Dividing a business among the kids can be a mistake

Parents often go to great lengths to make sure they treat their children equally. So, it is no surprise that parents who own a business will often divide ownership equally among the children. While they appreciate the sentiment, some business experts believe passing a business to all the children equally can be a recipe for disaster.

Do not make assumptions

A business owner may spend decades building a successful business that they envision is integral to their legacy. However, it is a mistake to assume that the kids will all be on board with continuing that legacy. For example:

  • A parent may assume that blood is thicker than water, overcoming all personal or business disagreements.
  • A parent may assume that the family dynamic will remain unchanged after mom or dad passes or leaves the business.
  • A parent may assume that each child is equally qualified to own and run a business.

Parents can avoid assumptions by discussing their plans with the kids.

Mixing business with family is complex

Family-owned businesses can have an ambiance where employees feel like extended family and customers like the continuity. Still, siblings do not always make good partners. They may have a lifetime of insecurities, grudges, or perceived slights going back to early childhood. Unrelated business partners join forces to build a business, which can mean a unified and uncomplicated vision (which may change after years of working together). This family dynamic can lead to factions among ownership, which may open new wounds over time, particularly if the same minority continually gets overruled.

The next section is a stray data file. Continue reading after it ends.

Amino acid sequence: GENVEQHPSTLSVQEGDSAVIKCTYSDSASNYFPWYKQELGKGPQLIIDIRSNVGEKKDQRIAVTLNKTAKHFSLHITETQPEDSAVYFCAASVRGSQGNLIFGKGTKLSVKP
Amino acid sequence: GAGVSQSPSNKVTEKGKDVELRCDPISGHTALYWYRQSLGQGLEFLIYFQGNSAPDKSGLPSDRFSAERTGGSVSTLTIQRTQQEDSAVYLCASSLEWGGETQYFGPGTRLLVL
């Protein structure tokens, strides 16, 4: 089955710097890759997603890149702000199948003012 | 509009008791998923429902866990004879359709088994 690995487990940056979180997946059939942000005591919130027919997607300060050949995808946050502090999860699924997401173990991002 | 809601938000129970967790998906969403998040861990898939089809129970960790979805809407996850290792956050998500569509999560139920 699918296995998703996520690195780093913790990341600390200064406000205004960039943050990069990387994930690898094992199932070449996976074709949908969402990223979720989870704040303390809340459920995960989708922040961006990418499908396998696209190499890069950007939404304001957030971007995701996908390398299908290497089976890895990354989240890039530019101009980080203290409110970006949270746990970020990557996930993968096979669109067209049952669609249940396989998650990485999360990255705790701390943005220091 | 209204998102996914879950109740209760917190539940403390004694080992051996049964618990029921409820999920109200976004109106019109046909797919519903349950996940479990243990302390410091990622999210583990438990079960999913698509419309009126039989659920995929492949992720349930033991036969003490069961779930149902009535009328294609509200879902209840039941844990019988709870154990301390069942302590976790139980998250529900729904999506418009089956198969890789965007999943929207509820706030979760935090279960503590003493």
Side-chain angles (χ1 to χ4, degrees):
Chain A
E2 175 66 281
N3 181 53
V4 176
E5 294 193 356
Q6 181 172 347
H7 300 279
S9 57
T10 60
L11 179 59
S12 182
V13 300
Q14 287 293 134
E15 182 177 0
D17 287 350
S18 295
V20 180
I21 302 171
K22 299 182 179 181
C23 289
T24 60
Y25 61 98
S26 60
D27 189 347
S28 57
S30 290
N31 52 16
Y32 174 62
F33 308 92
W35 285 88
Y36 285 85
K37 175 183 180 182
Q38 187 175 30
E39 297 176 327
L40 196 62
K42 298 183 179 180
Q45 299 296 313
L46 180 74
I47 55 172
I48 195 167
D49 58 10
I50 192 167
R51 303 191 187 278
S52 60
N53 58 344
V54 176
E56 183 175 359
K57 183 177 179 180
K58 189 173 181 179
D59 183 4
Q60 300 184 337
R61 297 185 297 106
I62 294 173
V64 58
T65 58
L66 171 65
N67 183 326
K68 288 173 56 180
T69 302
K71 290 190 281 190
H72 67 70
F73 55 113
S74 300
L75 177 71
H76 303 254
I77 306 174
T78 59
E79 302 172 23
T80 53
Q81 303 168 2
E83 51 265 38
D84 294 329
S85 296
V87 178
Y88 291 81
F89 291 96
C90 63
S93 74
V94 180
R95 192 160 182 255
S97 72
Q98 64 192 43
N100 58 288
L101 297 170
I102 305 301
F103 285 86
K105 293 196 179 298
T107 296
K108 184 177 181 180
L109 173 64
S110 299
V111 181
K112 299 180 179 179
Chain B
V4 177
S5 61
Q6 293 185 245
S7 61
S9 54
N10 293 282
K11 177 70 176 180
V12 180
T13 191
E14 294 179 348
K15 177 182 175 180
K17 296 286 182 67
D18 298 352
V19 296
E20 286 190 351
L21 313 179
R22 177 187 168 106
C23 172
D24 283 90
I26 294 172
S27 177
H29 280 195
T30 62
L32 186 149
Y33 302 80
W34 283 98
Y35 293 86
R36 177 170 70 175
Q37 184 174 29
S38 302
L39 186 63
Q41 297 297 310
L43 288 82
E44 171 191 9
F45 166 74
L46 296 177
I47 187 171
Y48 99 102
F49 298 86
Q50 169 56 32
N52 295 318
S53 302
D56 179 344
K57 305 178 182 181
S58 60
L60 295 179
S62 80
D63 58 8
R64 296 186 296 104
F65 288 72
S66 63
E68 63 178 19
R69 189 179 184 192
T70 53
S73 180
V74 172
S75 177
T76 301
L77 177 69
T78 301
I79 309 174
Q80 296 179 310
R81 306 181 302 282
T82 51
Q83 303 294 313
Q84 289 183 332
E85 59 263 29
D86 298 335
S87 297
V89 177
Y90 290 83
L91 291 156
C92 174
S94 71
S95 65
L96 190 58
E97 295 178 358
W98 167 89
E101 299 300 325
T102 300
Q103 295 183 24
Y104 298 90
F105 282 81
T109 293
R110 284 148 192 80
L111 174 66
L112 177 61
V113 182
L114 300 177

There may also be additional pressure between the children or even imposed by the parent or customers. It is hard enough running a successful business, and it becomes that much harder when people are second-guessing the new owners or offering too much “free advice.”

Same blood, different visions

The new owners may be siblings, but they could have very different ideas about running the business or even wanting to be involved. Issues could include:

  • Different views of how to move the company into the future
  • Different views on work-life balance
  • Different views of drawing income versus reinvesting in the company
  • Different levels of engagement

The facts of life

Every partnership involves disagreements, which the new owners can ideally work out on their own. However, it may be necessary for the owner to realize that some kids are more qualified or engaged. It can mean putting one person in charge. Another option is valuing the business and then equitably dividing the entire estate. Business owners should make decisions after discussing plans with the family and then working with a knowledgeable estate law attorney to help ensure that the transition is smooth and successful.